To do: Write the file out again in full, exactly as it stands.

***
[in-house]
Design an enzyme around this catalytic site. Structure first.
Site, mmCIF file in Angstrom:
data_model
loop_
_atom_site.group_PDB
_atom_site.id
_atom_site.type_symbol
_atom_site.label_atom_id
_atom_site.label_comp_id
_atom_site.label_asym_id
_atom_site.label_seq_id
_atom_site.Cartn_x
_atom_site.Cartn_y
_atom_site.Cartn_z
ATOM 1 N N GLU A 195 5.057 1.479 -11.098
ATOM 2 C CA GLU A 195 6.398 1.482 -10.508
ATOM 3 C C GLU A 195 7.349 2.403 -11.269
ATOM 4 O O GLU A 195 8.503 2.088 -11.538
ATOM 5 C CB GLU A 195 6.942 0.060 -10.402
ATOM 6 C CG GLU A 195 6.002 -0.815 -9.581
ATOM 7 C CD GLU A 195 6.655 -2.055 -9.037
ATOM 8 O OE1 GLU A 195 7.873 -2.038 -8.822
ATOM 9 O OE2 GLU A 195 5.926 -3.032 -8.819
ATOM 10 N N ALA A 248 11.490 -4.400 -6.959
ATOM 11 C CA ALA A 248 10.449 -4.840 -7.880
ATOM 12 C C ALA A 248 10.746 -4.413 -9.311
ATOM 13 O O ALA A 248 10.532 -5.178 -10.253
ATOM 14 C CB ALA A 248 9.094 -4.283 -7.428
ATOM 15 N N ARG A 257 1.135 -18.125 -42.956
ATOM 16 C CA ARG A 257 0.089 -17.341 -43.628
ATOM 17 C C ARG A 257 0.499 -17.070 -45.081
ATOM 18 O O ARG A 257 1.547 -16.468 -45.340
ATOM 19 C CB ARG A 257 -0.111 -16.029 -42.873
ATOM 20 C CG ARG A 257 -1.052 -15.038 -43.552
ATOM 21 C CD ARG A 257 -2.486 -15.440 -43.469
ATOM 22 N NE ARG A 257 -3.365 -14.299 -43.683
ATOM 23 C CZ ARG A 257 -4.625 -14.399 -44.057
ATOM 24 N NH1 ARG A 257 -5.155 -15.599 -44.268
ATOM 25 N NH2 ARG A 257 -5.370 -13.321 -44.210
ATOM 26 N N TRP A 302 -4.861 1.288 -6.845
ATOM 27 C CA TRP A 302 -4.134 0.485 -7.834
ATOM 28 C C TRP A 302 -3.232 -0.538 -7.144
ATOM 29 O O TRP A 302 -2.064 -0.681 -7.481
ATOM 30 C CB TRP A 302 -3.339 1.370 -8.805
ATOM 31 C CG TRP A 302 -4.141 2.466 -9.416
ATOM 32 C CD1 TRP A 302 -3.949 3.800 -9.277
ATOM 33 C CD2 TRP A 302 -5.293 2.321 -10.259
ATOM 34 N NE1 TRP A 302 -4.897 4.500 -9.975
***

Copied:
[in-house]
Design an enzyme around this catalytic site. Structure first.
Site, mmCIF file in Angstrom:
data_model
loop_
_atom_site.group_PDB
_atom_site.id
_atom_site.type_symbol
_atom_site.label_atom_id
_atom_site.label_comp_id
_atom_site.label_asym_id
_atom_site.label_seq_id
_atom_site.Cartn_x
_atom_site.Cartn_y
_atom_site.Cartn_z
ATOM 1 N N GLU A 195 5.057 1.479 -11.098
ATOM 2 C CA GLU A 195 6.398 1.482 -10.508
ATOM 3 C C GLU A 195 7.349 2.403 -11.269
ATOM 4 O O GLU A 195 8.503 2.088 -11.538
ATOM 5 C CB GLU A 195 6.942 0.060 -10.402
ATOM 6 C CG GLU A 195 6.002 -0.815 -9.581
ATOM 7 C CD GLU A 195 6.655 -2.055 -9.037
ATOM 8 O OE1 GLU A 195 7.873 -2.038 -8.822
ATOM 9 O OE2 GLU A 195 5.926 -3.032 -8.819
ATOM 10 N N ALA A 248 11.490 -4.400 -6.959
ATOM 11 C CA ALA A 248 10.449 -4.840 -7.880
ATOM 12 C C ALA A 248 10.746 -4.413 -9.311
ATOM 13 O O ALA A 248 10.532 -5.178 -10.253
ATOM 14 C CB ALA A 248 9.094 -4.283 -7.428
ATOM 15 N N ARG A 257 1.135 -18.125 -42.956
ATOM 16 C CA ARG A 257 0.089 -17.341 -43.628
ATOM 17 C C ARG A 257 0.499 -17.070 -45.081
ATOM 18 O O ARG A 257 1.547 -16.468 -45.340
ATOM 19 C CB ARG A 257 -0.111 -16.029 -42.873
ATOM 20 C CG ARG A 257 -1.052 -15.038 -43.552
ATOM 21 C CD ARG A 257 -2.486 -15.440 -43.469
ATOM 22 N NE ARG A 257 -3.365 -14.299 -43.683
ATOM 23 C CZ ARG A 257 -4.625 -14.399 -44.057
ATOM 24 N NH1 ARG A 257 -5.155 -15.599 -44.268
ATOM 25 N NH2 ARG A 257 -5.370 -13.321 -44.210
ATOM 26 N N TRP A 302 -4.861 1.288 -6.845
ATOM 27 C CA TRP A 302 -4.134 0.485 -7.834
ATOM 28 C C TRP A 302 -3.232 -0.538 -7.144
ATOM 29 O O TRP A 302 -2.064 -0.681 -7.481
ATOM 30 C CB TRP A 302 -3.339 1.370 -8.805
ATOM 31 C CG TRP A 302 -4.141 2.466 -9.416
ATOM 32 C CD1 TRP A 302 -3.949 3.800 -9.277
ATOM 33 C CD2 TRP A 302 -5.293 2.321 -10.259
ATOM 34 N NE1 TRP A 302 -4.897 4.500 -9.975